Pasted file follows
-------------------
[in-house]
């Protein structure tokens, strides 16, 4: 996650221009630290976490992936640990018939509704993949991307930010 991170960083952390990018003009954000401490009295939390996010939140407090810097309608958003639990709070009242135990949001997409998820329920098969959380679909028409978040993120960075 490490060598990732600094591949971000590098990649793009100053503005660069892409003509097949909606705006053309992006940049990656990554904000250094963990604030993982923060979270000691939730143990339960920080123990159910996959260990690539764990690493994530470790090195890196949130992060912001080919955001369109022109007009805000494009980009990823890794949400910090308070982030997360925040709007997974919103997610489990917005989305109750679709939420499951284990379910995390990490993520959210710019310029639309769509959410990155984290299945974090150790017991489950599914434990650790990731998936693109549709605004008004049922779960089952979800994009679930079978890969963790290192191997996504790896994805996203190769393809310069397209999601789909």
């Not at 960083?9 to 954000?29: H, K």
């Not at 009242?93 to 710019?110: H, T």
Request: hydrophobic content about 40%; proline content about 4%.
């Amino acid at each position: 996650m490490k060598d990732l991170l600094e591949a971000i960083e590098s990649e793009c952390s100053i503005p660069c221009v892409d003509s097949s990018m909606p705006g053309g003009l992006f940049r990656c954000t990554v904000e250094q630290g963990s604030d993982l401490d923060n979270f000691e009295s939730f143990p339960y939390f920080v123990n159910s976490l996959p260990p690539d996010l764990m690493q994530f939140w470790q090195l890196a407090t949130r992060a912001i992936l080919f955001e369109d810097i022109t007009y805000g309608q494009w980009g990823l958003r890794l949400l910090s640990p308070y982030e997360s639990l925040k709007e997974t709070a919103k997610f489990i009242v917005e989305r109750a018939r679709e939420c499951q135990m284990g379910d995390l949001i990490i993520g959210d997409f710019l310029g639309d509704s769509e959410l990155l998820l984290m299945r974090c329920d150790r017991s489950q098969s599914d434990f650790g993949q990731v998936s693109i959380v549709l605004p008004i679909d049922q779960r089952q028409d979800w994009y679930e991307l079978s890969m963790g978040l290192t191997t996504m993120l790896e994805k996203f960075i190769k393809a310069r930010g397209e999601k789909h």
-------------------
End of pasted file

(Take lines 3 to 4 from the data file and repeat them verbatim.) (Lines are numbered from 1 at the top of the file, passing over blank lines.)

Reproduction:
């Not at 960083?9 to 954000?29: H, K």
């Not at 009242?93 to 710019?110: H, T």